by cheri block
My birth was a big relief, not only to my overstuffed mother DeDe, but to me, as well.
In utero I had felt crowded and thus, irritable, sharing a watery sack with four other active siblings. In the 1/4 inch birth canal, 21 days after my father Duke (as I later learned) crawled onto my mother’s back, five or us lined up like peanut-sized torpedoes, ready for launch into a cruel world.
Second in line but first in spirit, I pressed my nose deep into my brother Amos’ back end and closed my eyes, waiting. Sadie had done the same to me and Delbert to her.
At the rear of the small tube, the last of our litter, Kate, decided to go back, unwilling to face the life awaiting. Backpedaling, she strained against the gravitational pull of push.
You can’t go home again, I called to the back, my words muffled by fluid and fur. Thomas Wolfe wrote a famous book by that title years ago. Kate! You are upsetting the natural order of life.
There’s no place like home, Kate hollered down.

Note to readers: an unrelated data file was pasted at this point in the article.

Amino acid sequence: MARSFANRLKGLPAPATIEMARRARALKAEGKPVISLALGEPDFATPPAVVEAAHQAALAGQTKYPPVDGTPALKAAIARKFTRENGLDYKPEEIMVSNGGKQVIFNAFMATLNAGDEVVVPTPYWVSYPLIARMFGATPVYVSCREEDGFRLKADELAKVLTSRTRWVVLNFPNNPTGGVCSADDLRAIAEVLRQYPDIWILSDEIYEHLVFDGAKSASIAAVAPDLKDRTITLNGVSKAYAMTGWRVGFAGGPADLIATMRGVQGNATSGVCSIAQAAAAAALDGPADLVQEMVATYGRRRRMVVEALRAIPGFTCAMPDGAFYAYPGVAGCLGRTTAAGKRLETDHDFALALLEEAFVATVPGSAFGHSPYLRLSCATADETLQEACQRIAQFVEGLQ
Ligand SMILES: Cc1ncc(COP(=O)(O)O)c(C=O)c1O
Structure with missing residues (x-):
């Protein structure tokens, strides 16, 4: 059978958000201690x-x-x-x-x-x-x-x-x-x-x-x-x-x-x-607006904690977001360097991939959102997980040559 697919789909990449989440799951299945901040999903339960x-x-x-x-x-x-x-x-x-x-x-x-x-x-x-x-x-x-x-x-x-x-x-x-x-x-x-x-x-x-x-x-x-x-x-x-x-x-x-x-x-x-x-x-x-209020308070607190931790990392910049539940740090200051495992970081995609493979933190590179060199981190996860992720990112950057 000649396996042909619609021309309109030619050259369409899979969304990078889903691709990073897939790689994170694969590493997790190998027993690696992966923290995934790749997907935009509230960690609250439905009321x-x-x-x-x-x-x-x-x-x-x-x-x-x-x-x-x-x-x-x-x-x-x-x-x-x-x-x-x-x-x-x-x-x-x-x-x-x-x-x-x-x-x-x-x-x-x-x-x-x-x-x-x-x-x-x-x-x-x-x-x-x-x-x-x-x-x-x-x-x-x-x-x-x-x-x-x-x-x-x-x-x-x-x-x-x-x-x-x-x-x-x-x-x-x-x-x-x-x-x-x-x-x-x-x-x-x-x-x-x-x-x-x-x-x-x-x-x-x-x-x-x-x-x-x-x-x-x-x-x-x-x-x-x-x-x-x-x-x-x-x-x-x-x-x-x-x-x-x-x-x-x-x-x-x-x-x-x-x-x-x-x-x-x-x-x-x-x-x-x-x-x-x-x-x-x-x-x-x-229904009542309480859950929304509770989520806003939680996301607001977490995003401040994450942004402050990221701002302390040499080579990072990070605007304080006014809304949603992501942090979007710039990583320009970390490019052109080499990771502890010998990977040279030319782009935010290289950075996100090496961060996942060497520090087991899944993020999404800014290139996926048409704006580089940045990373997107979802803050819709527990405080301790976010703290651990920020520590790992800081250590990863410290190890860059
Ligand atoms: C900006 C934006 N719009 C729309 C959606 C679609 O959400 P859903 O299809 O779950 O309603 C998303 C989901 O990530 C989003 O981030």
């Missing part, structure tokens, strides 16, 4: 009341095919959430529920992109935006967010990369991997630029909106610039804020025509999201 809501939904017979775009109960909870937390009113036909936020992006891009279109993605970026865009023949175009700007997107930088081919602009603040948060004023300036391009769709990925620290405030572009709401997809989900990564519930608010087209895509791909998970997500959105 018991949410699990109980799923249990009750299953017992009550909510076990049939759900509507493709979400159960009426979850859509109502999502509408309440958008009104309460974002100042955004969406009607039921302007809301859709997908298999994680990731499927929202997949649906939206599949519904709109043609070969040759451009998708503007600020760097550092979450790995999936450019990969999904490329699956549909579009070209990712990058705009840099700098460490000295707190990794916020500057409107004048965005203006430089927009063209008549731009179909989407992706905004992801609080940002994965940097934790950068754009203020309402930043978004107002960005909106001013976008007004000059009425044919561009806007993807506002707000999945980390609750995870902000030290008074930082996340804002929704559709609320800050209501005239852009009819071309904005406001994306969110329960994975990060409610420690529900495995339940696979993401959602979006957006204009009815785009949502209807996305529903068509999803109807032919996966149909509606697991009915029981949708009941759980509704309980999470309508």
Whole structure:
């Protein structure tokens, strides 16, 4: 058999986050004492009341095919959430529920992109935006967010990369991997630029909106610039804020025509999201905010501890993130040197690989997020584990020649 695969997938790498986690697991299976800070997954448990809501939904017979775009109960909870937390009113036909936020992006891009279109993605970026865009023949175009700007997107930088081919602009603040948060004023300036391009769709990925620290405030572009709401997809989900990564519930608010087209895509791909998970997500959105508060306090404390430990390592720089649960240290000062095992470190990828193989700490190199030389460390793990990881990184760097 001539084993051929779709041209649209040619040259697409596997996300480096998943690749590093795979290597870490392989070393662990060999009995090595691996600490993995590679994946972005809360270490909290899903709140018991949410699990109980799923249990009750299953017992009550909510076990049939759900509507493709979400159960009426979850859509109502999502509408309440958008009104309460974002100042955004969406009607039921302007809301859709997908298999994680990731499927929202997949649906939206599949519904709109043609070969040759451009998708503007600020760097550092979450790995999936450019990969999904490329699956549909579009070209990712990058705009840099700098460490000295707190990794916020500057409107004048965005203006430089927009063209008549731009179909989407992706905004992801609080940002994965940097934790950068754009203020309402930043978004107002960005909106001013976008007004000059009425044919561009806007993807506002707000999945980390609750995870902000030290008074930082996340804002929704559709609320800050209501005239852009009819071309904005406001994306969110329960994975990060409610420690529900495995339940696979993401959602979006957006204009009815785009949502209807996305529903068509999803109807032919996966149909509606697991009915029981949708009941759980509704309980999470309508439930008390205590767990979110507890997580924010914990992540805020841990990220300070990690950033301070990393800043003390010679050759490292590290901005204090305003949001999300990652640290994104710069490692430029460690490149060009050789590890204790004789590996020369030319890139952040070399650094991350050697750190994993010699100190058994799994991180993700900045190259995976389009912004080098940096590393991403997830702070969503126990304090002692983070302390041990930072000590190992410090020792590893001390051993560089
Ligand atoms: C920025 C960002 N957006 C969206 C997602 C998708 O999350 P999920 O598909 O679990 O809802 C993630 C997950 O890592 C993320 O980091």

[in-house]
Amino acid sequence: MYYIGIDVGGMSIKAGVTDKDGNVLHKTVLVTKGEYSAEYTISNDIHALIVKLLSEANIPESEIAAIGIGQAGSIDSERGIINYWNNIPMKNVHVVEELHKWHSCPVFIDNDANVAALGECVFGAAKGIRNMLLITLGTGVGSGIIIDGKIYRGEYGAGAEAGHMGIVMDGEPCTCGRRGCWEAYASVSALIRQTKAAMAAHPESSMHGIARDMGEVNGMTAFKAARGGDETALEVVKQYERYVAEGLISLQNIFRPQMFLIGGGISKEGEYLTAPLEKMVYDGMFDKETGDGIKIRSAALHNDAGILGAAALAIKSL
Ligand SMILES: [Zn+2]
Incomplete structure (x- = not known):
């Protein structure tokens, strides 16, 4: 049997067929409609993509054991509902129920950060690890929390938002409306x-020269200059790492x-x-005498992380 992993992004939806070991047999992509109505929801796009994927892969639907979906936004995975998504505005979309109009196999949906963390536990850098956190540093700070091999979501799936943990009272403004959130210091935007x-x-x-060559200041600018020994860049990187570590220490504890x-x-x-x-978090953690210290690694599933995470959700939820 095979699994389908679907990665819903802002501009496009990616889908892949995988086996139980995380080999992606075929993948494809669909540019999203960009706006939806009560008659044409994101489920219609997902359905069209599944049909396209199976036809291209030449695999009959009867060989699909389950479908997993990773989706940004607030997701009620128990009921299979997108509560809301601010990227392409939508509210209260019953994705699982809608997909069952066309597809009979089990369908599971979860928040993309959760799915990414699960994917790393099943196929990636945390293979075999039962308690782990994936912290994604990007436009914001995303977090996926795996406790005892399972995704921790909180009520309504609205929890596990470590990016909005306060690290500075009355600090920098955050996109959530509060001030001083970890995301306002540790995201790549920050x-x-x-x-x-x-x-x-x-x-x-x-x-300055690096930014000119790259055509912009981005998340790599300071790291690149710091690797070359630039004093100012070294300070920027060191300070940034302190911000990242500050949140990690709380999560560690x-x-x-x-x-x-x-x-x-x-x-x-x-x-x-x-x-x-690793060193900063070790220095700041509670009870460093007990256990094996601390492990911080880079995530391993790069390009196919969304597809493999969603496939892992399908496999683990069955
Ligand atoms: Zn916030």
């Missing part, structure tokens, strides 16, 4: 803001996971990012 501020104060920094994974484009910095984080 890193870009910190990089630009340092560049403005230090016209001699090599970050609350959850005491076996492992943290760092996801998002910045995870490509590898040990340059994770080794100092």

Damn that Frank Baum, I thought.
Kate continued to struggle with all four limbs. Soon her movements slowed and then stopped. We in the front understood what had happened in the back.
Our mother’s restlessness grew manic.
A collective pressure we became.
I reminded the others to keep their heads down, paws tucked, eyes shut.
What is about to happen to mother and to us is part of the continuum, and while it now seems important to us, in the scope of the myriad species who have come before, lived and died, our birth is routine, as routine as the pushing and pulling of the tides by the moon, I philosophized with too many words.
Good God, muttered Delbert.
Amos reprimanded me for showing off.
You will learn, Lucy, that most hamsters will not be amused by your literary and philosophical references. If you are asked, well then, jump to Thomas Wolfe or Charles Darwin or even to Frank Baum, but from what I hear, most will be interested in People Magazine.
DeDe, our mother, now shuttled from her nest, a cupcake fortress of pine shavings, to a barren and stinky corner of her cage, the one where she did her business.
She was now moving diagonally and we bounced along, heads down, bottoms up. My own head thumped with too much blood, pumped at lightening speed by my heart, a 4ml engine, operating at about 460 beats per minute.
She stopped. We quieted.
Was this our moment?
Since Delbert was three back, he heard the flood first and shouted,
Our moment is here, and I am ready.